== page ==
In study of how 15 states dealt with health reform, Kentucky was by far No. 1 in cutting the number of unpaid hospital stays

By Melissa Patrick
Kentucky Health News

Kentucky hospitals had the biggest drop in non-paying patients among 15 states in an ongoing study of the effects of Medicaid expansion under federal health reform.

Kentucky showed a decline of 13.5 percent in unpaid
hospital stays in just the first six months after the 2014 expansion, according
to the study at the University of Michigan. The next highest state was Colorado, with 9.1 percent.

Hospitals in states that expanded Medicaid, like Kentucky, are taking care of more patients with health insurance, and thus have seen an increase in payments for their care. The study looked at nine of those states and six that did not expand Medicaid coverage, based on data available at the start of the study. Four of those six also saw decreased in unpaid hospital stays, but less than most of the expansion states.

Overall, hospital stays by uninsured patients went down 50 percent, and stays by people with Medicaid went up 20 percent, between the end of 2013 and the middle of 2014, a University of Michigan news release says.

That is what the Patient Protection and Affordable Care Act intended, giving hospitals a chance to recoup some of the cost of care they have long provided at no cost, the release said.

Kentucky has added about 400,000 people to its Medicaid rolls since it expanded the program to those with incomes up to 138 percent of the federal poverty level. The previous limit was 69 percent.

Republican Gov. Matt Bevin has repeatedly said Kentucky can’t afford to pay for this expanded population. He has appointed Mark Birdwhistell, a University of Kentucky health executive and former state health secretary, to help him design a new Medicaid plan that will save money while providing needed care.

If the plan reduces the number of Kentuckians on the Medicaid rolls, that is likely to increase the amount of uncompensated care absorbed by Kentucky’s hospitals. That would increase the financial pressure on hospitals at a time when the federal government will “ratchet back the federal funds that some hospitals get to make up for some of the cost of caring for the uninsured,” the release notes.

The study, published in the January issue of the journal Health Affairs, looked at Medicaid expansion states Arizona, California, Colorado, Hawaii, Iowa, Kentucky, Minnesota, New Jersey and New York. The non-expansion states were Florida, Georgia, Indiana, Missouri, Virginia and Wisconsin.

The study found that hospitals in states that did not expand Medicaid “continued to experience the same or even higher demand for care from people without insurance.” Georgia, a non-expansion state, saw a 7 percent rise in uninsured hospital stays in the first half of 2014.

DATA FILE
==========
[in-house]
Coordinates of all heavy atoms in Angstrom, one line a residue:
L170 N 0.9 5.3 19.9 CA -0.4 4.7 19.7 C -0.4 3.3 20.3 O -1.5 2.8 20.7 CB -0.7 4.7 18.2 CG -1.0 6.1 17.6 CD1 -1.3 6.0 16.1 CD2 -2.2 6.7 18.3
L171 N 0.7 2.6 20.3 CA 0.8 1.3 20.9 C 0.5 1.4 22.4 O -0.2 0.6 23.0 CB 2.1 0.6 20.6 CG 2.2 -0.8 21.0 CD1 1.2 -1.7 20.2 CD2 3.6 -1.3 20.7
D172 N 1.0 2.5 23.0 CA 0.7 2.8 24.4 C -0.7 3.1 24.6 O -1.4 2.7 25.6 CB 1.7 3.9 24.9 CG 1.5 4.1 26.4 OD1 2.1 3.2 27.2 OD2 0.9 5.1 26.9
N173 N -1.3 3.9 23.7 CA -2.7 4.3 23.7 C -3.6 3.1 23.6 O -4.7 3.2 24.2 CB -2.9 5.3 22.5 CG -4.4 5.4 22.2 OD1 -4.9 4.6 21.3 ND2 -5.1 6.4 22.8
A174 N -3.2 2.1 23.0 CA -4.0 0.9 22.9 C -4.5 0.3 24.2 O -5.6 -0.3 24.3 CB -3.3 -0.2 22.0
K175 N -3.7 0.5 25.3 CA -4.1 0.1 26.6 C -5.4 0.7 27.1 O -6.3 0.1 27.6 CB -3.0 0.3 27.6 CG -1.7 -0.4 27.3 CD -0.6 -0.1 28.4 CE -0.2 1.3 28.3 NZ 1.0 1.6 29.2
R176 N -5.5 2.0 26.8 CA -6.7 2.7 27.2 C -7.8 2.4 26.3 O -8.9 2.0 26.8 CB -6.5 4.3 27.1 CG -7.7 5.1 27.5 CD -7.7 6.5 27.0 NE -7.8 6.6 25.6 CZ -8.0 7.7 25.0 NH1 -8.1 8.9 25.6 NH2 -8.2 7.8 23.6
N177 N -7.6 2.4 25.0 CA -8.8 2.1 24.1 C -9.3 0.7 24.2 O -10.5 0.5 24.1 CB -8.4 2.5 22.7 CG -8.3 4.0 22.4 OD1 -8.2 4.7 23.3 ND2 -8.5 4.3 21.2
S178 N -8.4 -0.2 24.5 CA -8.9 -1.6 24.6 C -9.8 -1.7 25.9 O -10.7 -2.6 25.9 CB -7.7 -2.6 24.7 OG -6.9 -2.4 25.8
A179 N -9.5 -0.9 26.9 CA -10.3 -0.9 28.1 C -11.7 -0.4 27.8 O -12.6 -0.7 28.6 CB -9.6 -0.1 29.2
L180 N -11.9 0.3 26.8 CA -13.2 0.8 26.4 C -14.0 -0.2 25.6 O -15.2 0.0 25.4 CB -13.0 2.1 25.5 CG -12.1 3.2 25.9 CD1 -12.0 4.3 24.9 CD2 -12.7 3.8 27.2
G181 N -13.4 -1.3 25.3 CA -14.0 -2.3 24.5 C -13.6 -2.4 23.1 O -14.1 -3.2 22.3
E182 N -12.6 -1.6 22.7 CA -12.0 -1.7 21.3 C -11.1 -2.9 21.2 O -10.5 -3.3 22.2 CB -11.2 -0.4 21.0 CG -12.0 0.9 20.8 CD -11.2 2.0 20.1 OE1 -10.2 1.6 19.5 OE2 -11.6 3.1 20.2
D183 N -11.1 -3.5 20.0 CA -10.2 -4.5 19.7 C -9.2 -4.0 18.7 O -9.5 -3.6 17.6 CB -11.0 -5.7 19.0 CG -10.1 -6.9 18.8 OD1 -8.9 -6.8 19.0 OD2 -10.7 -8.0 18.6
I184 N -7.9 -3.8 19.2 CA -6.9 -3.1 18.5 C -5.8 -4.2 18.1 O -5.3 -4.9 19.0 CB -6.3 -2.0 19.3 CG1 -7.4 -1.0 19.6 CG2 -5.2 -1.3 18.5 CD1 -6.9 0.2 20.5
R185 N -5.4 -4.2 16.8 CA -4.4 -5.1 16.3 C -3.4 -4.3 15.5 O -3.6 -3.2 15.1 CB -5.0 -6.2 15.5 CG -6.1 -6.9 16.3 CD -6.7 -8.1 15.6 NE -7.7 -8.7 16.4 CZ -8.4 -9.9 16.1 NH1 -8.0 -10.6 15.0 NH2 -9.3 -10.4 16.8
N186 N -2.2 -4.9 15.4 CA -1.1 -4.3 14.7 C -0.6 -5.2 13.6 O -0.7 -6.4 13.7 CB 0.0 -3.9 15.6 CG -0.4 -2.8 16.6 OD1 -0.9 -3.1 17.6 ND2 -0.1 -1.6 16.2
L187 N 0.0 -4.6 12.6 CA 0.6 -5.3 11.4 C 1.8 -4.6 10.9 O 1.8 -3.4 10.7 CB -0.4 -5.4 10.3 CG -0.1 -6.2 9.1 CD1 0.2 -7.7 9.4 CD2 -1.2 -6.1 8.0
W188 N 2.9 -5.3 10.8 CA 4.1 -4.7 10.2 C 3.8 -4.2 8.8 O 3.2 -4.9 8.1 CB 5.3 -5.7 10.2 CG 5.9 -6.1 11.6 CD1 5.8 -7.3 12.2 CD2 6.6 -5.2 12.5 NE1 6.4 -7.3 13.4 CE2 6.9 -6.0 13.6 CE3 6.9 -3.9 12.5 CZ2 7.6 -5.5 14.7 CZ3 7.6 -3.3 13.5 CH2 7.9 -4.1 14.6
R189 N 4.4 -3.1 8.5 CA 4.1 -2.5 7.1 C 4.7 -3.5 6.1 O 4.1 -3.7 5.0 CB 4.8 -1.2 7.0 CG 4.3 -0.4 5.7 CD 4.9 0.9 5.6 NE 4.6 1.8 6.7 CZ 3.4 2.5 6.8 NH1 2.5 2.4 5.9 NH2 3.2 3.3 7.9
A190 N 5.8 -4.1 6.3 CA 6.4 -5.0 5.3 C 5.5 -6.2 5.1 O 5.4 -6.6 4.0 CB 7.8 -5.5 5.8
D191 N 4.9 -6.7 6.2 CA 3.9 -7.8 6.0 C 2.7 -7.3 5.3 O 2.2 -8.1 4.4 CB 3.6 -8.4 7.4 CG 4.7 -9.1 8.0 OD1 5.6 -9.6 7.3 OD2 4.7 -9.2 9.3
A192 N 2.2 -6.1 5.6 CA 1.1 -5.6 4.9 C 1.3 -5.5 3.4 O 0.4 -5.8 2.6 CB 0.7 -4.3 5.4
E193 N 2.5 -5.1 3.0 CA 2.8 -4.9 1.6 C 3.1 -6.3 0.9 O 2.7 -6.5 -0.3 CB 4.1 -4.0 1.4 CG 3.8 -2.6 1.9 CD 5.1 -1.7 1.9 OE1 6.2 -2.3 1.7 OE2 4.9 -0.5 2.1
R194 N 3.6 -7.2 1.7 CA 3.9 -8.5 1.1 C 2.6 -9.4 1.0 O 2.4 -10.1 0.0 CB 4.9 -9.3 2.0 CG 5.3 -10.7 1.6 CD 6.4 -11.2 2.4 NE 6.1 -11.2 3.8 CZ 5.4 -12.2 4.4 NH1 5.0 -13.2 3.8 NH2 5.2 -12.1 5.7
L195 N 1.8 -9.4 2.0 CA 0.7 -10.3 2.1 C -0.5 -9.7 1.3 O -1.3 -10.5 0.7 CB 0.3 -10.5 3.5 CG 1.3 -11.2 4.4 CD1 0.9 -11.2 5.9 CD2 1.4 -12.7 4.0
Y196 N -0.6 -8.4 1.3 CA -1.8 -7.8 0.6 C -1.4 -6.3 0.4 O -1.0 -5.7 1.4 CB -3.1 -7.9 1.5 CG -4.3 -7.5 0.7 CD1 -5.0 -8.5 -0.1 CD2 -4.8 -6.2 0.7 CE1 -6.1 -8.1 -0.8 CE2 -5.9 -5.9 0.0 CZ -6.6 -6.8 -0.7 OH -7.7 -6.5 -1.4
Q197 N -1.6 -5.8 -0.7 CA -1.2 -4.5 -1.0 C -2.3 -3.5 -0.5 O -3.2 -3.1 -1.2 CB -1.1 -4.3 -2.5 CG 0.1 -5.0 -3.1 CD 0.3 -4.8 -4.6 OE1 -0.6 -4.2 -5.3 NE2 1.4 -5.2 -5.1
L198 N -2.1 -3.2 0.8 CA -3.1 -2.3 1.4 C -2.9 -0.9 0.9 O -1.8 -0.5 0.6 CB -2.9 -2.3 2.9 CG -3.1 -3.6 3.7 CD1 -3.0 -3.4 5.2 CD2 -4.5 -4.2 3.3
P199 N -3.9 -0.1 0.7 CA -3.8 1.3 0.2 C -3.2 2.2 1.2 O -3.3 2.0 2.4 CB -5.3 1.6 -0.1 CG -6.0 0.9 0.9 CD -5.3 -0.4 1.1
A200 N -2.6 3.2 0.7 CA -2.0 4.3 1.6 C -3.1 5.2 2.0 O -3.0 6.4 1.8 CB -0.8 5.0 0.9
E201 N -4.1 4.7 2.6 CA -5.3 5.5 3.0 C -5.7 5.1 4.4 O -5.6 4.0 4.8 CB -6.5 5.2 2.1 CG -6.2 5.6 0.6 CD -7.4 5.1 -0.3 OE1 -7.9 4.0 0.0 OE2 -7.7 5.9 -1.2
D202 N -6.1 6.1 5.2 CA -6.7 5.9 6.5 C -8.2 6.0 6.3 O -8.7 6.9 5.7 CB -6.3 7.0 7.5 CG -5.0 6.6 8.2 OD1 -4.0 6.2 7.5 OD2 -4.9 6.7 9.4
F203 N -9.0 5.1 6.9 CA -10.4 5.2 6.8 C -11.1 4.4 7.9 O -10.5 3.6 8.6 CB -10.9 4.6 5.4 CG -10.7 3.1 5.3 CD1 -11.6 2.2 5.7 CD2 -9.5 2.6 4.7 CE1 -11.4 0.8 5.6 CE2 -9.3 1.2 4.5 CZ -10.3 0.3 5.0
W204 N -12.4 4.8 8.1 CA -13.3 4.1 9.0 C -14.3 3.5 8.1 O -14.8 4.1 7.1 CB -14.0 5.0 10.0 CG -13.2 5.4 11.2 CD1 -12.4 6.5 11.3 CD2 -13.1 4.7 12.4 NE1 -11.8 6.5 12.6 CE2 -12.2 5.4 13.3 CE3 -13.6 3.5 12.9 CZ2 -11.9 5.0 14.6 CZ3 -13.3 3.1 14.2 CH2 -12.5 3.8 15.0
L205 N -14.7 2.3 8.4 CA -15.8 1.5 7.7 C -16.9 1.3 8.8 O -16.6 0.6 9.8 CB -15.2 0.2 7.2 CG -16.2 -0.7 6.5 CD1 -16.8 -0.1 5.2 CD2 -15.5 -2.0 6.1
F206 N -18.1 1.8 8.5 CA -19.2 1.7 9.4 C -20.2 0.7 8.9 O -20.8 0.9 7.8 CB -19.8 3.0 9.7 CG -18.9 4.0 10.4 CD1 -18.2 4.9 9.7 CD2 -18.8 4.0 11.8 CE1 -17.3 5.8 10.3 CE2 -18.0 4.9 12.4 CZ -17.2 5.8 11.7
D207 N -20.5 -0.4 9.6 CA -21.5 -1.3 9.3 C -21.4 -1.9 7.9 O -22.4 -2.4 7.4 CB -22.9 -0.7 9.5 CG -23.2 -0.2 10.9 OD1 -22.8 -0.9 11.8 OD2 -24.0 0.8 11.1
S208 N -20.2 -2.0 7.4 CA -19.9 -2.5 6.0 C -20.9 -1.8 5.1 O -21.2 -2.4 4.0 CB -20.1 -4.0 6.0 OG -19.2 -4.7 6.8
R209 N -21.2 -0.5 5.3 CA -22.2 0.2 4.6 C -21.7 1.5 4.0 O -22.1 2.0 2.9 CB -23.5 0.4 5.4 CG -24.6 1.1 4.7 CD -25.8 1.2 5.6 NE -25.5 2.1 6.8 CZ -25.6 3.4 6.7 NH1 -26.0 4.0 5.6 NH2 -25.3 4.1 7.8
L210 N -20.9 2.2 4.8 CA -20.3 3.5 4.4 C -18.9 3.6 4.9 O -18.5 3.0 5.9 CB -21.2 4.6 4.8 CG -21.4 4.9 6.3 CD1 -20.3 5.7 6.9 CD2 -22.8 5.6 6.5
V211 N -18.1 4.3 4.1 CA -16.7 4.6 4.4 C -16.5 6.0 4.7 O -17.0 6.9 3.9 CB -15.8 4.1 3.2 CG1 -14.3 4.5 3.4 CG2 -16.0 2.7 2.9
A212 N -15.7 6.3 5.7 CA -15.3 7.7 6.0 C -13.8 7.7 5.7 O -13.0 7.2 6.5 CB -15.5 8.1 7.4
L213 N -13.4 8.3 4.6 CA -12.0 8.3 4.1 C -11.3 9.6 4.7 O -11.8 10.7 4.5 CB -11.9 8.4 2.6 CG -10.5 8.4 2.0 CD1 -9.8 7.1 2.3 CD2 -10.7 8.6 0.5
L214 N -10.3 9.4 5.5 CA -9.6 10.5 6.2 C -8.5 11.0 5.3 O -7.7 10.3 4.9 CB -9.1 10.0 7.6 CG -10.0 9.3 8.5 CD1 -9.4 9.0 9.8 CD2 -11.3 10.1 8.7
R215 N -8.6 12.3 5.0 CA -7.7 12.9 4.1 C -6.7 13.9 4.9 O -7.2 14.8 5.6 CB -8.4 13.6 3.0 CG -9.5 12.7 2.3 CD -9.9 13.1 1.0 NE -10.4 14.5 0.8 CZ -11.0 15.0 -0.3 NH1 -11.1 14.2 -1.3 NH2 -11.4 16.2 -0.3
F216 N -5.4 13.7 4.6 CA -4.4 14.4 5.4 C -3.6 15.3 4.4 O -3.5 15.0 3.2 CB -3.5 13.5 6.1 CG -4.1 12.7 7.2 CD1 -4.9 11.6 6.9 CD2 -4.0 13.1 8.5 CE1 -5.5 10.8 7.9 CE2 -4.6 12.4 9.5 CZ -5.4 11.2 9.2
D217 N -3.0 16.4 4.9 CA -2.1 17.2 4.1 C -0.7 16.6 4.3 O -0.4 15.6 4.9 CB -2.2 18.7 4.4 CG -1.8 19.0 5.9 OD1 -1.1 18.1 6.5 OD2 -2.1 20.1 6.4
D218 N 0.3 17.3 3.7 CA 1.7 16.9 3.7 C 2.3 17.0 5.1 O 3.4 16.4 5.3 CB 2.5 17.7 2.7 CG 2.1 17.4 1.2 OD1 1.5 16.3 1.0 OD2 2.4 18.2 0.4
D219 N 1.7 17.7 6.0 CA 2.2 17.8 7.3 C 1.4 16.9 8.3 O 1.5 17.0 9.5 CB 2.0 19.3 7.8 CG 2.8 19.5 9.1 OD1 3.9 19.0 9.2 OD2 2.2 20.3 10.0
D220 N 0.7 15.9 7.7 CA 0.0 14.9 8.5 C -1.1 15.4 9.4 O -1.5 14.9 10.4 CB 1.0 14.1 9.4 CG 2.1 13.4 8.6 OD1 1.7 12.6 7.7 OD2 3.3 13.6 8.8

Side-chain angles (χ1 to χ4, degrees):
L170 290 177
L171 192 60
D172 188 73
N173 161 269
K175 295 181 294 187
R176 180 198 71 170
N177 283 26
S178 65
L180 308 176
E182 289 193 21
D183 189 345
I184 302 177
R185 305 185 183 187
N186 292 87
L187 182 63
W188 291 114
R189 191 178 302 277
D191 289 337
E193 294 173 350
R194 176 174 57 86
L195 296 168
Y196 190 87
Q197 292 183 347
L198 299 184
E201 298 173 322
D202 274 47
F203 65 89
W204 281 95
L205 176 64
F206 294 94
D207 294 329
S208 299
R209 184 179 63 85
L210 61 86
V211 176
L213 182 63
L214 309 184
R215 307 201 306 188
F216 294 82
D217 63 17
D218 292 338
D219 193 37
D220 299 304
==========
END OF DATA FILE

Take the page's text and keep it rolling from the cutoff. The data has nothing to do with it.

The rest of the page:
In Wisconsin, which had a drop in unpaid stays larger than some of the expansion states, there was a “welcome mat” effect, which prompted enrollments from people who had been eligible but not on the program but became aware of it because of the reform law. In Kentucky, that is called the “woodwork effect,” as in “people coming out of the woodwork.”

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3 Replies to “In study of how 15 states dealt with health reform, Kentucky was by far No. 1 in cutting the number of unpaid hospital stays”

  1. Justin Tapp

    My understanding is that people are still showing up at KY hospitals without insurance, but now they're immediately enrolled in Medicaid so the hospitals get their $. I don't see how that would change under any new system. You could have fewer people on the rolls before they show up at the hospital and the hospital still get reimbursed because they are enrolled on the spot. What difference would it make to the hospitals whether they come in already enrolled or not? Is my understanding incorrect? If my understanding is correct then my question is: Who are the indigents now? People from out of state without health insurance or Medicaid? Immigrants? Those would still exist in any case.

  2. Justin Tapp

    My first sentence above should read: "Medicaid eligible people are still showing up at KY hospitals without insurance…" Sorry. I understand that non-eligibles showing up at the hospital without insurance is still a problem, but that is a totally separate issue from Medicaid, which is what your piece focuses on.

  3. merci

    Medicaid expansion has made more people eligible for coverage through the program. That has led to an overall reduction in "free care" provided by hospitals. In Kentucky, this has been a more positive impact for hospital budgets than in other states.

    There are MANY ways the Medicaid system can change that negatively impacts indigent care budgets in hospitals. However, since Mark Birdwhistell is a hospital executive as well as a politician, he will be aware of the bottom line affects over time.

    It's my personal hope that the conversations will not be limited to Medicaid-related populations. Health system transformation discussions across the state need to continue. There is so much to be done!

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